Smokestack Lightnin' Home Page -- The Blues Profile Page
Having just completed their second album, Whiteboy James and
the Blues Express is a detonative force not to be reckoned
with. Since reforming in 2006 after a five year absence, the band has
re-established themselves as the legendary band that they once were
during the Southern California blues explosion of the 80’s and 90’s.
Whiteboy James has a mesmerizing, driving and sonic stage presence.
Combine that with three gifted, well-seasoned musicians and chances are
chairs at one of their shows just won’t be necessary.
As a youngster, he listened to whatever he could grasp. But his musical influences changed radically when he began listening to his uncle’s Deep South Rhythm and Blues and Country vinyl. Although "Whiteboy" found it difficult to fit into the Southern California "Beach Boy" culture in which he was surrounded by, hs heart, soul and ears were dialed into the likes of Cab Calloway, Louis Jordan, Sam "Lightning" Hopkins, Big Joe Turner besides the usual suspects such as Elvis, Jerry Lee Lewis, Bob Wills and even Spike Jones. By the mid 1980's, also known as the peak of the Southern Californian blues explosion, blues bands were forming everywhere — from garages and backyard parties to all night blues jams in various beer-soaked nightclubs. During this time, "Whiteboy" James had several tunes in his repertoire and was willing and ready to sit in, sing, jam, crush and blow some harmonic sounds with whoever would have the “cajones” to invite him up on stage. And good thing, because his tenacity paid off in spades. A few of the takers included The Mighty Flyers, William Clarke, James Harman, The Blasters (Phil and Dave Alvin), Johnny Dyre, Joe Houston, Little Charlie and the Night Cats, Top Jimmy and Juke Logan, just to name a few. And history be told, it was at one of the jams that the original Blues Express was formed. Soon thereafter, this raucous foursome was jamming, gigging and grinding all over the Southern California blues circuit. "Whiteboy" James became quite the buzz across blues stages and dance floors across the southland. People were talking about this entertaining “jump and jive” madman who, not unlike his boyhood hero Cab Calloway, strutted the stage leading a tops blues band and dressed in a trench coat (As opposed to Cab Calloway's tux and tails. (Talk about a dichotomy) "Whiteboy" James and the Blues Express continued to play throughout the 1990s and after a well-deserved break, they’re back and as unruly as ever.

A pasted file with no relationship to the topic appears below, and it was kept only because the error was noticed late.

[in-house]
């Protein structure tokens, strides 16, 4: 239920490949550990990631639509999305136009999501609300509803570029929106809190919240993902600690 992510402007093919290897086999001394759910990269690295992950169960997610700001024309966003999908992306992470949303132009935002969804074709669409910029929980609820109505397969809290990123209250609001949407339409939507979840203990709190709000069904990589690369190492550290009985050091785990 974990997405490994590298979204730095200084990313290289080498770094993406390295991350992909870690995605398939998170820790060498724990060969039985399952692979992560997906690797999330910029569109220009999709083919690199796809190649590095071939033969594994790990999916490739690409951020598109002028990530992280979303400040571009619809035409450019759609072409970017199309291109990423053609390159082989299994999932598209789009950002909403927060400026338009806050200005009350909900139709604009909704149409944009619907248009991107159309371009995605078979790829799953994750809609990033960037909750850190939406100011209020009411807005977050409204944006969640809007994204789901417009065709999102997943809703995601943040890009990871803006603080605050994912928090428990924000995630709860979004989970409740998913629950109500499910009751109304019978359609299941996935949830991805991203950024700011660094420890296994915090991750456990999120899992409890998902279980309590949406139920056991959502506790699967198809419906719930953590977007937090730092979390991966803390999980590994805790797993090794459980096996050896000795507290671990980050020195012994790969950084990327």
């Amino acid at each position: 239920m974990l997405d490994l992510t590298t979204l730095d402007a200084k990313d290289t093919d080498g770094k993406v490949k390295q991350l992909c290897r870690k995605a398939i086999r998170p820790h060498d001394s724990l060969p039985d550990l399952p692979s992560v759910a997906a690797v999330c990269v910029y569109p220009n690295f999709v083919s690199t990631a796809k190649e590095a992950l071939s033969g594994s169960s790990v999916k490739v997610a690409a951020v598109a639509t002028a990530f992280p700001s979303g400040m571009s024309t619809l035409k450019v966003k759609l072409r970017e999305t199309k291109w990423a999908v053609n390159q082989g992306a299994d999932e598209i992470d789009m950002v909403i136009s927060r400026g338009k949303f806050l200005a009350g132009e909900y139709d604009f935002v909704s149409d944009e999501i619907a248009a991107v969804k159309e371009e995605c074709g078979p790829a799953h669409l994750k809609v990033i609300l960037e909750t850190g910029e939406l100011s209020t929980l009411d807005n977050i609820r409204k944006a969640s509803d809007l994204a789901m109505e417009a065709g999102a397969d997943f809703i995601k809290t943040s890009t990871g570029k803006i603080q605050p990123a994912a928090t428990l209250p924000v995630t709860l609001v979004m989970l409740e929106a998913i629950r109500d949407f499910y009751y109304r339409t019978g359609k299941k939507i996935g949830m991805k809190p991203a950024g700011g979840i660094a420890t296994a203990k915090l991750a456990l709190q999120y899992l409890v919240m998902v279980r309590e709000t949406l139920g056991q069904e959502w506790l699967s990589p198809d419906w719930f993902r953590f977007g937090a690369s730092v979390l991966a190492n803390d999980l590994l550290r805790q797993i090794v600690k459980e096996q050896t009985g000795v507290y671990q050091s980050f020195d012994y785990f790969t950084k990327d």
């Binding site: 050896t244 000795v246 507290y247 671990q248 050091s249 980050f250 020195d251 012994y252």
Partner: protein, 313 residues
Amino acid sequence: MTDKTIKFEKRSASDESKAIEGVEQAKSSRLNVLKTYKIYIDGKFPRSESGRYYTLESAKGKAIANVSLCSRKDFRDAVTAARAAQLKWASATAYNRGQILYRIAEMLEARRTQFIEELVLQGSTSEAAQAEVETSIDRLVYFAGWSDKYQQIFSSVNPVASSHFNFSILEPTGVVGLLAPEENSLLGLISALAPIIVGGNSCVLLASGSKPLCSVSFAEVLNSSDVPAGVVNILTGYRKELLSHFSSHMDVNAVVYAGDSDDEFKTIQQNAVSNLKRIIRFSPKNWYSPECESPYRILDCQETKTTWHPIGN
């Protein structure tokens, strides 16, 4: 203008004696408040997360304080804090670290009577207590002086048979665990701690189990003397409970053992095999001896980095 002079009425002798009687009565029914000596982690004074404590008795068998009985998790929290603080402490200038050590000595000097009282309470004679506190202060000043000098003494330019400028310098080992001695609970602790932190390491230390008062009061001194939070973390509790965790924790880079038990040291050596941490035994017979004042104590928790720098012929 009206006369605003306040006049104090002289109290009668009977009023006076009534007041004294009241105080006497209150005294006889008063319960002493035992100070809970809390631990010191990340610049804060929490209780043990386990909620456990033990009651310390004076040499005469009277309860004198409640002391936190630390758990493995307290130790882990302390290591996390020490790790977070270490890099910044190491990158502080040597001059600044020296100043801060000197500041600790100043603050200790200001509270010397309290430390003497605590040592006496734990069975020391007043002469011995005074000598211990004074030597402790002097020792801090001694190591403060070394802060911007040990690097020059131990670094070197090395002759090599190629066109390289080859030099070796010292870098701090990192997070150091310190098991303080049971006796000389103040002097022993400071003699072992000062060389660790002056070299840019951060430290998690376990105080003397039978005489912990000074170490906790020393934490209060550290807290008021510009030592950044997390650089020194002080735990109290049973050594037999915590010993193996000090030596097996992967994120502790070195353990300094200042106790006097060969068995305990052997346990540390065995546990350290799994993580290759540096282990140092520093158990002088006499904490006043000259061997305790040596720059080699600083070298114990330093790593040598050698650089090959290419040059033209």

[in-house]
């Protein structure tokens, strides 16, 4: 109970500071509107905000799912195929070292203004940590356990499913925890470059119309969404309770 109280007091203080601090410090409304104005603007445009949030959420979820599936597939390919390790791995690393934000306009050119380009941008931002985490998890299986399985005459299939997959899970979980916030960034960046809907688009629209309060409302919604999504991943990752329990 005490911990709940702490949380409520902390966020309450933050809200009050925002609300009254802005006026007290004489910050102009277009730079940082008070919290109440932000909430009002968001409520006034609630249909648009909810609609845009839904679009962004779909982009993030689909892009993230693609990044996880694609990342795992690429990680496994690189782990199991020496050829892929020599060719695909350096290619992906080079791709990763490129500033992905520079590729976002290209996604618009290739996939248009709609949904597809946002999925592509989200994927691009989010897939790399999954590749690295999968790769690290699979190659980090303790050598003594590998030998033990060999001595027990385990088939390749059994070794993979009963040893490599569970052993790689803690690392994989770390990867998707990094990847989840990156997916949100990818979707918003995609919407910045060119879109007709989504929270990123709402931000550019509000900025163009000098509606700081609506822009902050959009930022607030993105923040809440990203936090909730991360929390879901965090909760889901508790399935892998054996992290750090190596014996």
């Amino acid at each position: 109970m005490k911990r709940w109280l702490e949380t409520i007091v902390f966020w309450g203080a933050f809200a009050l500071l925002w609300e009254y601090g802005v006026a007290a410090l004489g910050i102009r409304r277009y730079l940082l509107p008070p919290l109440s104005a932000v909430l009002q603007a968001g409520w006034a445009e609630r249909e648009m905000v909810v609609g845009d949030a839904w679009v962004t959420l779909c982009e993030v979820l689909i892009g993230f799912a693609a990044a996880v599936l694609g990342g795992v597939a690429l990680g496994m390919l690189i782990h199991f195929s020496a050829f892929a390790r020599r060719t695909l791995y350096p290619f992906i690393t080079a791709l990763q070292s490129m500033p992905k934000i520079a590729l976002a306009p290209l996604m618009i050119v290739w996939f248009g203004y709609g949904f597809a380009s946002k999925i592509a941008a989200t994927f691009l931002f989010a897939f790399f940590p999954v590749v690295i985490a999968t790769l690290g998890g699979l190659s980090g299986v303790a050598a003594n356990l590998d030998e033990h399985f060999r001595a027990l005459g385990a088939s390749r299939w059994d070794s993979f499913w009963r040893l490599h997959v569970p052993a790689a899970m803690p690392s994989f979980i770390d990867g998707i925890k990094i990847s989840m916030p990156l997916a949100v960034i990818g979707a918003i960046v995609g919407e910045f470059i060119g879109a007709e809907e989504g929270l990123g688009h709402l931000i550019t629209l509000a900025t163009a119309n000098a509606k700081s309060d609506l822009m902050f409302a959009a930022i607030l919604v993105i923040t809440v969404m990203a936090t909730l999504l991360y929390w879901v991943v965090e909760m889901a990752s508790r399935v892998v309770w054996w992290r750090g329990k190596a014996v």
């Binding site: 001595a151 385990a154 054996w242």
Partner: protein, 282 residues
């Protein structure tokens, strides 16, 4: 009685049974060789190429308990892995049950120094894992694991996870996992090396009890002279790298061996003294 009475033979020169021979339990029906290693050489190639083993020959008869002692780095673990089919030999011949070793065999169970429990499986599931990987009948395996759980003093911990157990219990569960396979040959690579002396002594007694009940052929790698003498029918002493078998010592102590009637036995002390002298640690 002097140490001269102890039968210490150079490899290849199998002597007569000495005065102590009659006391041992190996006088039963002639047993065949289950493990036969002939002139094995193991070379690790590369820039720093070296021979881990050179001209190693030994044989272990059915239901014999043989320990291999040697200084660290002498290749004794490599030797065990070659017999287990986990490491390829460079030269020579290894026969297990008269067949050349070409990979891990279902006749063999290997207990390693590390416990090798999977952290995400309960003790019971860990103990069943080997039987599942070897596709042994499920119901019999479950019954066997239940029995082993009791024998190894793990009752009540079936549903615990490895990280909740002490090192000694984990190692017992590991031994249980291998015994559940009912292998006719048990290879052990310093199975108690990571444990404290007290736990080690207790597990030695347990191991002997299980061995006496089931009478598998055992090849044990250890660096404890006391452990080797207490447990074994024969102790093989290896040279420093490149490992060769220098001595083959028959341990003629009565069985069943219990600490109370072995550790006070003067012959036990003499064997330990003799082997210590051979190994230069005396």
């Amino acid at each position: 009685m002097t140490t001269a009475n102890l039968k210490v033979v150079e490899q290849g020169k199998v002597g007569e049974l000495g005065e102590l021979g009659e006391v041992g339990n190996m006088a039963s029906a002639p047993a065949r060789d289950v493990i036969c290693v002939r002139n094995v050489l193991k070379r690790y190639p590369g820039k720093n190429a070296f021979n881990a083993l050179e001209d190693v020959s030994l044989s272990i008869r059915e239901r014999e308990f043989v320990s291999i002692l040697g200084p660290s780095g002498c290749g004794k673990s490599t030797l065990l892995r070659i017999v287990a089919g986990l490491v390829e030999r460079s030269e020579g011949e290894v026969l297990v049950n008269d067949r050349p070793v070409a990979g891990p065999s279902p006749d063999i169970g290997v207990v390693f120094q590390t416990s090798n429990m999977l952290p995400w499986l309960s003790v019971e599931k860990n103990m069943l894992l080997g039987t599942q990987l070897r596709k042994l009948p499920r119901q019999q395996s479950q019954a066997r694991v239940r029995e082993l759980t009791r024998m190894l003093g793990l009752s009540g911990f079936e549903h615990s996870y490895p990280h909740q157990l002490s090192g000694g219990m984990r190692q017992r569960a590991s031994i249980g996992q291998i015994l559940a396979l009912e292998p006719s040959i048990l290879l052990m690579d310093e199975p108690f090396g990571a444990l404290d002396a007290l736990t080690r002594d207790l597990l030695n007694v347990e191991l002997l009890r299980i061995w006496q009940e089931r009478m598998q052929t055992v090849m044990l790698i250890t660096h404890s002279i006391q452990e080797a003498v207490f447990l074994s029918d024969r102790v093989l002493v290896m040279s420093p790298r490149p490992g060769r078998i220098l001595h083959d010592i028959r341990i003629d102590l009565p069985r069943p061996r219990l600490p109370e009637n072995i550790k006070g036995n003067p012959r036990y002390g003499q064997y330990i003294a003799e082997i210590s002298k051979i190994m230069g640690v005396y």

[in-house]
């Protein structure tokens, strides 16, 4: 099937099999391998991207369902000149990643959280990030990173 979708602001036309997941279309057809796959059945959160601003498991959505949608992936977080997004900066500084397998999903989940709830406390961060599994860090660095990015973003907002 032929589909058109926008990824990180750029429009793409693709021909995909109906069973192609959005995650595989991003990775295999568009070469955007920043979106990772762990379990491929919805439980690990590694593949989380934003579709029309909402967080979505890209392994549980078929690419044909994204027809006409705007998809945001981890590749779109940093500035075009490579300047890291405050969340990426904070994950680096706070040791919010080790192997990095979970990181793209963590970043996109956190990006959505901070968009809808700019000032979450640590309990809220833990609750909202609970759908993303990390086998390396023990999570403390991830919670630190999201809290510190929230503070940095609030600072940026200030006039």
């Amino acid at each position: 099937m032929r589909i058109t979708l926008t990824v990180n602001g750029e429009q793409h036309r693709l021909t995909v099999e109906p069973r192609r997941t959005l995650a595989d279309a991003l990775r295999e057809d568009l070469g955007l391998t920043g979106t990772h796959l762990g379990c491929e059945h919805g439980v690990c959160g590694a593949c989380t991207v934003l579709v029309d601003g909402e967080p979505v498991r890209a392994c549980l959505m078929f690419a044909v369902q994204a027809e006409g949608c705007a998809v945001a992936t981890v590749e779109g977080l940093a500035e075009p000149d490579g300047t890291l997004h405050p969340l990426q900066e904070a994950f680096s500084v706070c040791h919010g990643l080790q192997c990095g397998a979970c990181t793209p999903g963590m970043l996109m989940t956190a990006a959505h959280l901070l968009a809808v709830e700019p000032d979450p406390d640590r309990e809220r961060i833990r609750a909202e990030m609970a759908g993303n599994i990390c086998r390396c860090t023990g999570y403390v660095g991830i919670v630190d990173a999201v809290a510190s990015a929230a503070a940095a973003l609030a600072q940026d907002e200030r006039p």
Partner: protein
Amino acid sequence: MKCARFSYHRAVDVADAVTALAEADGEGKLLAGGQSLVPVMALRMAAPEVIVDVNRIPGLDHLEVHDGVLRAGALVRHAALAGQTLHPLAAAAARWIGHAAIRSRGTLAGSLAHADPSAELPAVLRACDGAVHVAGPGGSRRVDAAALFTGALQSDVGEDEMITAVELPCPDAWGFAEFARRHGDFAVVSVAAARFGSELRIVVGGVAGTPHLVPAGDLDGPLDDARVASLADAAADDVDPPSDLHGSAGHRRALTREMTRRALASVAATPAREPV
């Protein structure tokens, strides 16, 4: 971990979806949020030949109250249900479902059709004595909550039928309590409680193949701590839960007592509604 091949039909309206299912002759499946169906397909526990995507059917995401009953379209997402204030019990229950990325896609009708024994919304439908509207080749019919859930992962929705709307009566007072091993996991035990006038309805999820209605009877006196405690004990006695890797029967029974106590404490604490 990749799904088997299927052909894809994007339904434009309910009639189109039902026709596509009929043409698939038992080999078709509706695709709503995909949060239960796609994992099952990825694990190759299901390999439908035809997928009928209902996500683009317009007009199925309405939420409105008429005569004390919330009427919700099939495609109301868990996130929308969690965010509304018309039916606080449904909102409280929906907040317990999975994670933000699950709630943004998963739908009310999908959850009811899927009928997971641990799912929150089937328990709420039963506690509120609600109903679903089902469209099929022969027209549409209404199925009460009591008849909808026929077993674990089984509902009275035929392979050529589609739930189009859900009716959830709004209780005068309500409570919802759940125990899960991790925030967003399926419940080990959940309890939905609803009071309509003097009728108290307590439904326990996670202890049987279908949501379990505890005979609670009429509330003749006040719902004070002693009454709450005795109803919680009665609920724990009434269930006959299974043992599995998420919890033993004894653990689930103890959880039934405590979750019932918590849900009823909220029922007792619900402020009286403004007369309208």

Simply put, you don’t listen to Whiteboy” James. You experience it. You feel it. You dance on a lot of broken glass.